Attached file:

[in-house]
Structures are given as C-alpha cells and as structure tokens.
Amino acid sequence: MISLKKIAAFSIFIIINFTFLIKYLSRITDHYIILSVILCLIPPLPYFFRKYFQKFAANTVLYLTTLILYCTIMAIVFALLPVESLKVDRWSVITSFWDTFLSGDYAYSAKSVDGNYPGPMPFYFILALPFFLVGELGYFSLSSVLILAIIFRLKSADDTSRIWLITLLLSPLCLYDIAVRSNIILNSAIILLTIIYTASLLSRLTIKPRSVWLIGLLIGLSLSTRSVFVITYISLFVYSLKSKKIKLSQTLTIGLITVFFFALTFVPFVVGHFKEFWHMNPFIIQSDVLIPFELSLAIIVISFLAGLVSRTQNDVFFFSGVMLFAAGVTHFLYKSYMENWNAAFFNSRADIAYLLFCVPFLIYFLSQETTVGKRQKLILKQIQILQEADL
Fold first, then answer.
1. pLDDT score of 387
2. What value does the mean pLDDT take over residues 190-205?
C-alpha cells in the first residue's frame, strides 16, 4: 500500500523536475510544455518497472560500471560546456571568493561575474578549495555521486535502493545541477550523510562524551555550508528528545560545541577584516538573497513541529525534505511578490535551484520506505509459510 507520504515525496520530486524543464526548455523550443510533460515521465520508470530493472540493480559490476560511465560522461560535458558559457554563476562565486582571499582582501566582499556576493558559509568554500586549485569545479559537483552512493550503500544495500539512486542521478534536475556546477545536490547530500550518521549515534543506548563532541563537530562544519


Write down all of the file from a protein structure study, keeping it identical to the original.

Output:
[in-house]
Structures are given as C-alpha cells and as structure tokens.
Amino acid sequence: MISLKKIAAFSIFIIINFTFLIKYLSRITDHYIILSVILCLIPPLPYFFRKYFQKFAANTVLYLTTLILYCTIMAIVFALLPVESLKVDRWSVITSFWDTFLSGDYAYSAKSVDGNYPGPMPFYFILALPFFLVGELGYFSLSSVLILAIIFRLKSADDTSRIWLITLLLSPLCLYDIAVRSNIILNSAIILLTIIYTASLLSRLTIKPRSVWLIGLLIGLSLSTRSVFVITYISLFVYSLKSKKIKLSQTLTIGLITVFFFALTFVPFVVGHFKEFWHMNPFIIQSDVLIPFELSLAIIVISFLAGLVSRTQNDVFFFSGVMLFAAGVTHFLYKSYMENWNAAFFNSRADIAYLLFCVPFLIYFLSQETTVGKRQKLILKQIQILQEADL
Fold first, then answer.
1. pLDDT score of 387
2. What value does the mean pLDDT take over residues 190-205?
C-alpha cells in the first residue's frame, strides 16, 4: 500500500523536475510544455518497472560500471560546456571568493561575474578549495555521486535502493545541477550523510562524551555550508528528545560545541577584516538573497513541529525534505511578490535551484520506505509459510 507520504515525496520530486524543464526548455523550443510533460515521465520508470530493472540493480559490476560511465560522461560535458558559457554563476562565486582571499582582501566582499556576493558559509568554500586549485569545479559537483552512493550503500544495500539512486542521478534536475556546477545536490547530500550518521549515534543506548563532541563537530562544519